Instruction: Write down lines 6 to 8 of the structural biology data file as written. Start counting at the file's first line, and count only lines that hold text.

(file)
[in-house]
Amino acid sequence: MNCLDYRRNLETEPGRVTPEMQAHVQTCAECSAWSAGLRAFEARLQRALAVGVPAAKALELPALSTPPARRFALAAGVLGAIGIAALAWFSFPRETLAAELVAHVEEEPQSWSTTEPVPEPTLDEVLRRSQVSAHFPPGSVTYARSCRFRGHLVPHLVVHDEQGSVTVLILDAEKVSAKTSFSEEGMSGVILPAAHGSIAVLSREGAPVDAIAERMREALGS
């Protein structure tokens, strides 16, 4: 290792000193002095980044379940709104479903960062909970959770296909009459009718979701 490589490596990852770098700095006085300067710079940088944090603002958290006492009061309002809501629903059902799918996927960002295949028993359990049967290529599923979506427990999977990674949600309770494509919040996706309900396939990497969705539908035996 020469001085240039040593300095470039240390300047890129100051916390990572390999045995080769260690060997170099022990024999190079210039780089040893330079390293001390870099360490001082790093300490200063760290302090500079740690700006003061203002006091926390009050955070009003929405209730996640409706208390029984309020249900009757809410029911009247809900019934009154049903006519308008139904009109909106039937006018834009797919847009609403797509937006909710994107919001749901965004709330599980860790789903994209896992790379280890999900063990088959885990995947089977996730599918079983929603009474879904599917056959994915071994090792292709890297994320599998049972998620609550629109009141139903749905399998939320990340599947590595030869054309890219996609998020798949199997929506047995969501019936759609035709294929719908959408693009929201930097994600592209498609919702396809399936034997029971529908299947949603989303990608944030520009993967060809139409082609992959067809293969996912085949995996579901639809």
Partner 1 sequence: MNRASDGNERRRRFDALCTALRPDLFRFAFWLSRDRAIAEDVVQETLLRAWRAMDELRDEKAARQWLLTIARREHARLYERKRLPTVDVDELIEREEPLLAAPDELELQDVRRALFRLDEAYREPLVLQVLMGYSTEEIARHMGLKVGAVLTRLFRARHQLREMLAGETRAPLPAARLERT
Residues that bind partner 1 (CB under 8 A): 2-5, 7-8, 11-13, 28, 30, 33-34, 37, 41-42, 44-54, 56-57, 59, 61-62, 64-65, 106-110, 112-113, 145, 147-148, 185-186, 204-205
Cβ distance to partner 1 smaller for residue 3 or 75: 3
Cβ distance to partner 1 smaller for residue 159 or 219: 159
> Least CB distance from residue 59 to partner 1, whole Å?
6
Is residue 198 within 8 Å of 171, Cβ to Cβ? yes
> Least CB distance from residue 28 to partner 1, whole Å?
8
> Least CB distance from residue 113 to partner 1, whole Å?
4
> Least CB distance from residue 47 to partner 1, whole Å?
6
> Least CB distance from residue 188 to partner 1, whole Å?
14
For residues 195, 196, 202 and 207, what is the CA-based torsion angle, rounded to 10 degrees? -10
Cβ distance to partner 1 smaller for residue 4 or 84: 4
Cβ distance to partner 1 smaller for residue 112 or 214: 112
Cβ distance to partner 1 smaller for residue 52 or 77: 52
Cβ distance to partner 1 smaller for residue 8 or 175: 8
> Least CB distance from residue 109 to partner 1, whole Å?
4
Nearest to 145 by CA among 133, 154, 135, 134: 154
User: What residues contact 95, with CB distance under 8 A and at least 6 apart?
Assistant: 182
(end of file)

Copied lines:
Cβ distance to partner 1 smaller for residue 3 or 75: 3
Cβ distance to partner 1 smaller for residue 159 or 219: 159
> Least CB distance from residue 59 to partner 1, whole Å?